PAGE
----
6 Figurative Artworks Defining Contemporary Culture

6 Figurative Artworks Defining Contemporary Culture

T he demand for contemporary figurative art, particularly painting, has been gathering tremendous momentum, a trend exemplified in sales such as Louise Bonnet’s The Ice Skater, 2016, which realised more than 20 times its estimate when sold for HK$5.7 million at Sotheby’s Hong Kong earlier this year. 

Recent institutional group exhibitions such as A Place for Me: Figurative Painting Now at ICA Boston, and solo shows such as Lubaina Himid at Tate Modern further reflect a desire to see ourselves reflected in the art of our time. 

Today, we see the world mediated through the likes of social media platforms such as Instagram, dominated by the human figure, interiors, and landscapes. Meanwhile, issues that have come to define 21st century discourse, such as race, gender and identity, are intrinsically linked to how we portray our bodies and our communities. It is perhaps therefore no surprise that many of these themes form a thread through some of the most sought-after art of the last decade. 

Here we pick out six works featuring in this autumn’s Hong Kong Contemporary Evening Auction by in-demand artists who have redefined figurative painting and sculpture: from the painterly dreamscapes of Hernan Bas and Dana Schutz, to the darkly comic sculpture of Maurizio Cattelan.

Pakistan-born Salman Toor is one of today’s most exciting figurative painters. His first solo museum show opened at New York’s Whitney Museum of American Art in November 2020 and he was listed among TIME magazine’s 2021 list of 100 emerging leaders. Constructed from memory and fantasy, Man with Tote Bag and Laptop, hints at the anxieties which surround changing ideas about race and immigration. The still life in the foreground of this solitary, melancholic scene showcases Toor's deft handling of oil paint.

Salman Toor, Man with Tote Bag and Laptop , Estimate: 2,000,000 – 2,800,000 HKD

In 2019, Toronto-born self-taught painter Matthew Wong took his own life, aged just 35. The New York Times art critic Roberta Smith described him as “one of the most talented painters of his generation”, and his evocative landscapes and interiors have sparked comparisons with Vincent van Gogh and Édouard Vuillard. In this early oil on canvas work, Wong’s interest in interiors and landscapes coalesce; a bold, Fauvist-like application of colour carries the viewer's gaze through the scene and its narrative.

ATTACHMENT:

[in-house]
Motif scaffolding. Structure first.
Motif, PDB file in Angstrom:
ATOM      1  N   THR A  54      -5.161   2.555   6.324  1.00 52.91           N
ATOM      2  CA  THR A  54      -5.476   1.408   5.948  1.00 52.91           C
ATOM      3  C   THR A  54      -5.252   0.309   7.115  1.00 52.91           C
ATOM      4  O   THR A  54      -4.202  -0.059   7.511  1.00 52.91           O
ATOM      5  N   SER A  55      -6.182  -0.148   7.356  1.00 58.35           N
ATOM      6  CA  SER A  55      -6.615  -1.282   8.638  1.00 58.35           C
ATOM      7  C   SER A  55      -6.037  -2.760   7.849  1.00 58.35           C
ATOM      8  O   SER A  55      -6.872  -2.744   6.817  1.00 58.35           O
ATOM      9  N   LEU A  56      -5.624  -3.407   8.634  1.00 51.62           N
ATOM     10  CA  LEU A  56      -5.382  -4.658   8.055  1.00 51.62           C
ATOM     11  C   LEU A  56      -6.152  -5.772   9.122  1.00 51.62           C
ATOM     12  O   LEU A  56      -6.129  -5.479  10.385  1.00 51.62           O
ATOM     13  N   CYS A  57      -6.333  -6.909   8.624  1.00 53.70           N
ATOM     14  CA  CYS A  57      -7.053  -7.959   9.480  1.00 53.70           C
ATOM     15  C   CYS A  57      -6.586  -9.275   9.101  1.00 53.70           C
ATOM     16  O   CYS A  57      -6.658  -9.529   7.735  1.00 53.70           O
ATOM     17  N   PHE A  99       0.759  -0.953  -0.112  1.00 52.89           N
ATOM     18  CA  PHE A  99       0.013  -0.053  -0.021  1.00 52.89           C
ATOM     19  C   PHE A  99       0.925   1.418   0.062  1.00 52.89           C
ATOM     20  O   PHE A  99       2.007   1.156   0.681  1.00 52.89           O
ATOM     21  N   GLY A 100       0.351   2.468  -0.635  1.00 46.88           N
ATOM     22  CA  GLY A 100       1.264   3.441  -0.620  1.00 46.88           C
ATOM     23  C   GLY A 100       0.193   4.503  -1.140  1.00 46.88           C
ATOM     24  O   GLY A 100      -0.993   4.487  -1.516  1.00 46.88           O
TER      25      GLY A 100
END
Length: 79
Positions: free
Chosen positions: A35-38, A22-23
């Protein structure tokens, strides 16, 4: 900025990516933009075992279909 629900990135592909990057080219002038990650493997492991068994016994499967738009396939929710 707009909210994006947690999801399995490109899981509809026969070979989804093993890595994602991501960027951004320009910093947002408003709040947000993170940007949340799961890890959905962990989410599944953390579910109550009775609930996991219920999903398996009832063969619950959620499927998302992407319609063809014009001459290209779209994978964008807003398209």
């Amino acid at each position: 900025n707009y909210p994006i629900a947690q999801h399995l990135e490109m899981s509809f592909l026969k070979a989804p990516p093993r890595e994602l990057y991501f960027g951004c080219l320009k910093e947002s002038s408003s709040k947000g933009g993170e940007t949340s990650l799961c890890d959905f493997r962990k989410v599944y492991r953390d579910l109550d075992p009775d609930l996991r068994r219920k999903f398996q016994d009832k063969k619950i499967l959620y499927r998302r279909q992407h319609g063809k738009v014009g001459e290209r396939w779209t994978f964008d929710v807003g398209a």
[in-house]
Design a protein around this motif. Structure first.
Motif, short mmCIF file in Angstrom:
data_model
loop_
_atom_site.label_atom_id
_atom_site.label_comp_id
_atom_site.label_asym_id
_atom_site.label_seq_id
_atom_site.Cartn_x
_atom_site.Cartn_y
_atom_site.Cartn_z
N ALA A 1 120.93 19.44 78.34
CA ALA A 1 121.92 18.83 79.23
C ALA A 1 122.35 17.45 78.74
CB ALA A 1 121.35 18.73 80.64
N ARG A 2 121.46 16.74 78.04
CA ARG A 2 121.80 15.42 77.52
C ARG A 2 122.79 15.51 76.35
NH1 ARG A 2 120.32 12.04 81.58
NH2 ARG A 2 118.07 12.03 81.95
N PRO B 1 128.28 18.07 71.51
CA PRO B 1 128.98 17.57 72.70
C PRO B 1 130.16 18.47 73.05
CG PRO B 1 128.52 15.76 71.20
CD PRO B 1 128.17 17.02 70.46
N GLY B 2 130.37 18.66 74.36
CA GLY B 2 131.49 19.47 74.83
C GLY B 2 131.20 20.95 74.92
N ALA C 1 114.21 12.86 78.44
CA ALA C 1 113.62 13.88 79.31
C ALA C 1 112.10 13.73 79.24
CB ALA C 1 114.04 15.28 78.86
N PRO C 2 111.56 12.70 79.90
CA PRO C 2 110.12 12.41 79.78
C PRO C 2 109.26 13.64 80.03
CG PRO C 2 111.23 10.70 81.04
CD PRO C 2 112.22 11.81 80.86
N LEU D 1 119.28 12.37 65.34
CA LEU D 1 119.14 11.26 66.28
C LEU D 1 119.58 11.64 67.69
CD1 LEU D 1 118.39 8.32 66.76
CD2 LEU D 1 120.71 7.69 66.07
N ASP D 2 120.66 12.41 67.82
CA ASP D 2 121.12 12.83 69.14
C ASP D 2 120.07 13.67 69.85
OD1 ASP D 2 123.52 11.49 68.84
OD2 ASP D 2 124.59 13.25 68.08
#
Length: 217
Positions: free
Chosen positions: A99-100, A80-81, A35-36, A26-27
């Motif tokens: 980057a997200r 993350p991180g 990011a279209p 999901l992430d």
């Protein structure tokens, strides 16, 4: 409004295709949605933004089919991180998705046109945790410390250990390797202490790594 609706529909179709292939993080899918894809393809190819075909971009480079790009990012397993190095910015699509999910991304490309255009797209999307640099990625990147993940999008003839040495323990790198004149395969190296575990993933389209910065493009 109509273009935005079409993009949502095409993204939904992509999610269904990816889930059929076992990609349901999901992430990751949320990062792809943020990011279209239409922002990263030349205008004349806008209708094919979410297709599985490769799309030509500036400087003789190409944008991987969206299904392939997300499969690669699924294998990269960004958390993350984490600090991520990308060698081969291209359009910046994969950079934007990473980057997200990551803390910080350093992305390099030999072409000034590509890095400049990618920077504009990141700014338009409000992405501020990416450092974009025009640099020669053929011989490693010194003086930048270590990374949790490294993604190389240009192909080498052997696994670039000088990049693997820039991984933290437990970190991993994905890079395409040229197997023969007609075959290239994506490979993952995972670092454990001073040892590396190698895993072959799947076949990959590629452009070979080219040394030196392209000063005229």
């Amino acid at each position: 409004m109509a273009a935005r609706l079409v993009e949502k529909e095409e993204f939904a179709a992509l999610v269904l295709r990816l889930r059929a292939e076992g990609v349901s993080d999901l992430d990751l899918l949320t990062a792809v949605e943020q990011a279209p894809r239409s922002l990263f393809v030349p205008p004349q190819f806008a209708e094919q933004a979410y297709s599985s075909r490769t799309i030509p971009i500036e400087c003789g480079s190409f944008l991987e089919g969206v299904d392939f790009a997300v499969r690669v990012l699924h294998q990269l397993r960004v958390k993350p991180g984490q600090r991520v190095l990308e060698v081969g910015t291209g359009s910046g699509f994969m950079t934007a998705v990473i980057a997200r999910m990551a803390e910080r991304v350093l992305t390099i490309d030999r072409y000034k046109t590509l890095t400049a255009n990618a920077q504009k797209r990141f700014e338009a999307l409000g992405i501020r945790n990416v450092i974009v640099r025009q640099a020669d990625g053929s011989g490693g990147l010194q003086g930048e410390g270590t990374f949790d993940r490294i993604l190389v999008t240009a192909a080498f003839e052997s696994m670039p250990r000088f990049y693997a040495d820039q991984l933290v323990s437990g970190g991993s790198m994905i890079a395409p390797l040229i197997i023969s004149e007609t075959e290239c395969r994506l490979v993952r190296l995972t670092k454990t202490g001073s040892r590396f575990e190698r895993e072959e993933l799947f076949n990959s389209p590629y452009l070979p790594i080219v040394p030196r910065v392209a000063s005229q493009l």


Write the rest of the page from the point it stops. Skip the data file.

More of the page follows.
Matthew Wong, The Smoke , Estimate: 7,500,000 – 9,500,000 HKD

Since his inclusion in the 2004 Whitney Biennial, Bas has received widespread acclaim for his paintings which mix history and fantasy. Bas’s magical landscapes draw on a vast range of references, from 19th century poetry to paranormal television. In The Ash Tree (At Once a Voice Arose Among the Bleak Twigs Overhead), fantastical overgrowth threatens to engulf a solitary figure – creating an image at once intoxicating, beautiful, and threatening.

Hernan Bas, The Ash Tree (At Once a Voice Arose Among the Bleak Twigs Overhead) , Estimate: 3,200,000 – 4,800,000 HKD

Working in charcoal, pastel and paper, Nigerian-American artist Toyin Ojih Odutola creates beautifully-rendered works based upon fictional narratives. Distinguished Relation at Ejogu Gardens (Amara Palace) was exhibited as part of the solo show When Legends Die at Jack Shainman Gallery in 2018. This exhibition was based around the concept that all works had come from the private collection of fictional dynastic upper-class Nigerian couple Temitope Omodele and his husband TH Lord Jideofor Emeka. “This whole saga,” Ojih Odutola told W magazine in 2018, “answers the question: ‘What would it look like to have wealth embodied by historically oppressed figures?’”

Toyin Ojih Odutola, Distinguished Relation at Ejogu Gardens (Amara Palace) , Estimate: 4,800,000 – 6,200,000 HKD

American painter Dana Schutz shot to fame in the early 2000s, exhibiting at the 2003 Venice Biennale just a year after her debut show. She is renowned for her colourful, wildly imaginative canvases that fuse figuration with abstraction. Speech depicts some kind of a group gathering, foreshadowing an event yet to take place. At first glance, the palette is bright and inviting; warm shades of violet and orange draw the eye under the warm evening sun. On closer inspection, however, this rural idyll may not be what it seems.

Dana Schutz, Speech , Estimate: 4,000,000 – 5,500,000 HKD

Maurizio Cattelan is now perhaps best known as the artist who duct-taped a banana to his gallery’s booth wall at Art Basel Miami Beach and sold it (titled Comedian, 2019) for US$120,000. Subversive humour is at the heart of his practice, which he uses to explore the paradoxes and absurdities of contemporary culture. In Daddy Daddy, Pinocchio lies face-down in a pool of water. The viewer is left to speculate on what led to this tragedy. Was it an accident or foul play? The work first appeared in a pool at the foot of Frank Lloyd Wright’s spiral staircase in New York’s Solomon R. Guggenheim Museum, bringing a darkly comic playfulness to an esteemed cultural institution.

Maurizio Cattelan, Daddy Daddy , Estimate: 6,500,000 – 9,500,000 HKD

Contemporary Art

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